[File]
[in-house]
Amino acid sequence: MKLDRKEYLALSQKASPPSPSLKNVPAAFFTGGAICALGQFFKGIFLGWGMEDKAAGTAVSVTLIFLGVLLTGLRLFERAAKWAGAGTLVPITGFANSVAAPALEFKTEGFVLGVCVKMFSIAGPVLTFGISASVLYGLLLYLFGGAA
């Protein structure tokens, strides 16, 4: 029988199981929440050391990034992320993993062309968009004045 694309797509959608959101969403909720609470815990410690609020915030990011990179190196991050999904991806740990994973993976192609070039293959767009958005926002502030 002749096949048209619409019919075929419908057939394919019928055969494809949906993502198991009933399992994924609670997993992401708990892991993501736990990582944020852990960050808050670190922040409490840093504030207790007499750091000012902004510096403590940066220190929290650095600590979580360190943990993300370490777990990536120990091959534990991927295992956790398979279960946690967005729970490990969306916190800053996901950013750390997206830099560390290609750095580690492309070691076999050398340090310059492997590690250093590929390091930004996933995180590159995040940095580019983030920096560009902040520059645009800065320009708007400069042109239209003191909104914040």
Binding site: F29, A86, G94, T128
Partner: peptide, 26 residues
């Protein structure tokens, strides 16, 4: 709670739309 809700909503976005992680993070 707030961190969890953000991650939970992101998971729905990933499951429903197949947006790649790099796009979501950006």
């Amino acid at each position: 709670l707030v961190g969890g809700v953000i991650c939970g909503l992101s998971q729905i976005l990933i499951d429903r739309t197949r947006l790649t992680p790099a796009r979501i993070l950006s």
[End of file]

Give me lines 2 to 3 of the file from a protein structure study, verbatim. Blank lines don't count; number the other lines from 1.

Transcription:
Amino acid sequence: MKLDRKEYLALSQKASPPSPSLKNVPAAFFTGGAICALGQFFKGIFLGWGMEDKAAGTAVSVTLIFLGVLLTGLRLFERAAKWAGAGTLVPITGFANSVAAPALEFKTEGFVLGVCVKMFSIAGPVLTFGISASVLYGLLLYLFGGAA
């Protein structure tokens, strides 16, 4: 029988199981929440050391990034992320993993062309968009004045 694309797509959608959101969403909720609470815990410690609020915030990011990179190196991050999904991806740990994973993976192609070039293959767009958005926002502030 002749096949048209619409019919075929419908057939394919019928055969494809949906993502198991009933399992994924609670997993992401708990892991993501736990990582944020852990960050808050670190922040409490840093504030207790007499750091000012902004510096403590940066220190929290650095600590979580360190943990993300370490777990990536120990091959534990991927295992956790398979279960946690967005729970490990969306916190800053996901950013750390997206830099560390290609750095580690492309070691076999050398340090310059492997590690250093590929390091930004996933995180590159995040940095580019983030920096560009902040520059645009800065320009708007400069042109239209003191909104914040």